Last week, I taught my last class of the semester with my co-worker Mason. Previously, I had taught two sections of this same course. The course theme was Shakespeare adaptations. In this class period, we broke everyone into groups for about half the class and had them create their own Shakespeare adaptations. For the second part of class, we had them search in four different databases to find the 3-6 sources they needed for their final paper. The first class was a little more resistant to group work than the second class was. At the end of the class, we had them fill out an assessment reflecting on the class section. Overall, the students seemed to find the session helpful although a few people responded that they did not like the group work or that more modern databases would be nice. I feel much more prepared to teach this kind of class in the future.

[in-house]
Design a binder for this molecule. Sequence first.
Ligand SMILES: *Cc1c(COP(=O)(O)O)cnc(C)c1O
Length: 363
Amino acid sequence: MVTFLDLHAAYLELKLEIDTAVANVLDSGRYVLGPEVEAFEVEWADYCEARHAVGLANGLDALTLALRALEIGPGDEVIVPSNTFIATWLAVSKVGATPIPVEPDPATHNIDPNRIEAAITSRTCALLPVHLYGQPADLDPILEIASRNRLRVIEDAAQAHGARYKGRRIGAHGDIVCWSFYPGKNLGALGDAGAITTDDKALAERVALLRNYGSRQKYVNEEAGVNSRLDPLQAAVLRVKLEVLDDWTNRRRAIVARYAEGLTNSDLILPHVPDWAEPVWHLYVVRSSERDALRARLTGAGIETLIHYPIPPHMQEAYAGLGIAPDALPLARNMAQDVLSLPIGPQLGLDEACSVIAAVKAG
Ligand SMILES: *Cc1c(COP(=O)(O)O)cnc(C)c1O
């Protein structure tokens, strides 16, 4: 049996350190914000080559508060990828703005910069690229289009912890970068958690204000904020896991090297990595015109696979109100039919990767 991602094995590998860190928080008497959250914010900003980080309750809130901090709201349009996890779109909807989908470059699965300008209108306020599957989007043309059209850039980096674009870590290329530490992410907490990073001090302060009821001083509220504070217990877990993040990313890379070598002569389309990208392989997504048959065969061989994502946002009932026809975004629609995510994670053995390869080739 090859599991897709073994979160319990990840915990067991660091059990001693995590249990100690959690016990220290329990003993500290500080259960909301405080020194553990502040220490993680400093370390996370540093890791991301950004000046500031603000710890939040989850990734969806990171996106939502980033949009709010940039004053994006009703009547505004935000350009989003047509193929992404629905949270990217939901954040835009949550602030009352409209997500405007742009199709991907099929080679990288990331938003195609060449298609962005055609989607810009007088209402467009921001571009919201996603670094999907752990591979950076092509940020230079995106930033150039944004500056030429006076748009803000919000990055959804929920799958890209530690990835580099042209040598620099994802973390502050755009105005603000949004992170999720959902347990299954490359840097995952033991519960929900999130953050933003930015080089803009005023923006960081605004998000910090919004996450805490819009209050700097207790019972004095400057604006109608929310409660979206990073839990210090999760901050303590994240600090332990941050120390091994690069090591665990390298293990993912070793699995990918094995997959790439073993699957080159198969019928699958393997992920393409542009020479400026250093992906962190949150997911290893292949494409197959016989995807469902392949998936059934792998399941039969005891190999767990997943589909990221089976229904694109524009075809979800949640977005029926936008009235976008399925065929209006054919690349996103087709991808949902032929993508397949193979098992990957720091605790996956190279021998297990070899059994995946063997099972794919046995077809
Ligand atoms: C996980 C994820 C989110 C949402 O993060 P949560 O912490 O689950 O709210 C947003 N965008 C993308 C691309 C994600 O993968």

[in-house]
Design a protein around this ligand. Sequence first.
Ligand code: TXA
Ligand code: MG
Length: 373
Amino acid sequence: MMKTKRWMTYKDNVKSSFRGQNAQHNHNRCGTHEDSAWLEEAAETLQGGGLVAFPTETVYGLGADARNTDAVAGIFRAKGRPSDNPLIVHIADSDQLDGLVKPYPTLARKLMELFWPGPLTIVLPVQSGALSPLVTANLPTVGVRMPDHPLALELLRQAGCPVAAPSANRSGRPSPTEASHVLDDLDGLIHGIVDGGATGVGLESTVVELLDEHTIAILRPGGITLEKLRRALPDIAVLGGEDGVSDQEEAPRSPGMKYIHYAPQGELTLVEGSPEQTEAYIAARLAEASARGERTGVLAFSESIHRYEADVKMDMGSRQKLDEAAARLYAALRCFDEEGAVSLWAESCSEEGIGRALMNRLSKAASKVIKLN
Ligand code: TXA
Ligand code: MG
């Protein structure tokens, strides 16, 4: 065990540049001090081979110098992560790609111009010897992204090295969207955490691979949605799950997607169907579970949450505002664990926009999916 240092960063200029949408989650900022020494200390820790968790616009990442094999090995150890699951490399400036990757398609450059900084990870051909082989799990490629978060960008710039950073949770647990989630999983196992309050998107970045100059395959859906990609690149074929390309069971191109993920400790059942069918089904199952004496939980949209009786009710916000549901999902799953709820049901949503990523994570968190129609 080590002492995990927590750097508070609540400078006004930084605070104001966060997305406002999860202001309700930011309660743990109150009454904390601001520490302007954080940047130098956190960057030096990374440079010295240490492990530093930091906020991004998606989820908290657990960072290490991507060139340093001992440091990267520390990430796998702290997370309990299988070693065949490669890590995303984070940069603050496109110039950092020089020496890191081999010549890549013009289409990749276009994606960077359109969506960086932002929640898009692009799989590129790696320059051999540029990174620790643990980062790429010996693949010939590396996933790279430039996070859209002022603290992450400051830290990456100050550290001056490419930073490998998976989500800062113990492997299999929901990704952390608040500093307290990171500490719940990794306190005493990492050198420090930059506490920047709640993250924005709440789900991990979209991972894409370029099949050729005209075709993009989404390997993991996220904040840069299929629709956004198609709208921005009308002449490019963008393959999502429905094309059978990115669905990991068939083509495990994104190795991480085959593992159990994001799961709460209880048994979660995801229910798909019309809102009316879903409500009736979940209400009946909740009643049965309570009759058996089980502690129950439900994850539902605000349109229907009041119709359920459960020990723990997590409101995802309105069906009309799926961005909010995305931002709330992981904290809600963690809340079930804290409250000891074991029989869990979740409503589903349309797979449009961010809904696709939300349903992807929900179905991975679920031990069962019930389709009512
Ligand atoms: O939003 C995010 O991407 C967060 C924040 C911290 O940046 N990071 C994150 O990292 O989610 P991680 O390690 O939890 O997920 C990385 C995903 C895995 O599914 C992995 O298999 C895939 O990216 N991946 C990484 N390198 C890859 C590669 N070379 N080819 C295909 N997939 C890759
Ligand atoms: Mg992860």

An area of critical pedagogy that I am genuinely interested in is critical disability studies. While I have connected disability studies to some of my interests in literary criticism and library science, I have slowly been realizing the need to connect critical disability studies to my pedagogy and my view of the classroom. One of the biggest revelations that I had, which initially interested me in critical disability studies was the invisible qualities of many illnesses and disabilities. A common occurrence discussed in disability circles is a disabled individual using public or private utilities designed for them (parking spaces, mobility scooters, etc.) and being accosted by a stranger because their disability is not obvious. This kind of interaction can also happen in the classroom, and often manifests itself in the form of instructors and professors assuming a quality of ability among their students. There are some ways in which institutions try to protect and accommodate students with disabilities and inform instructors about their students’ disabilities; there is a fundamental flaw with disability accommodations in the classroom. This fundamental flaw of relying entirely on disability accommodations programs the nature of self-reporting of disabilities that put the burden of classroom relations on the student rather than the institution or the instructor. The instructor believe that they are aware of students who require assistance and do not need to change or improve how they structure their classroom outside of the known accommodation needs. Instead of relying entirely on these critical and necessary programs, instructors should integrate disability awareness and critical disability studies into their curriculum by integrating anti-ableist language, creating a space in their classroom for individuals of all statuses, and supporting their students with disabilities regardless of the visibility or perceived difficulties that the student experiences. It is the role of the critical pedagogist, then, to implement critical disability studies in their pedagogy and praxis with the students they teach or interact with in any job.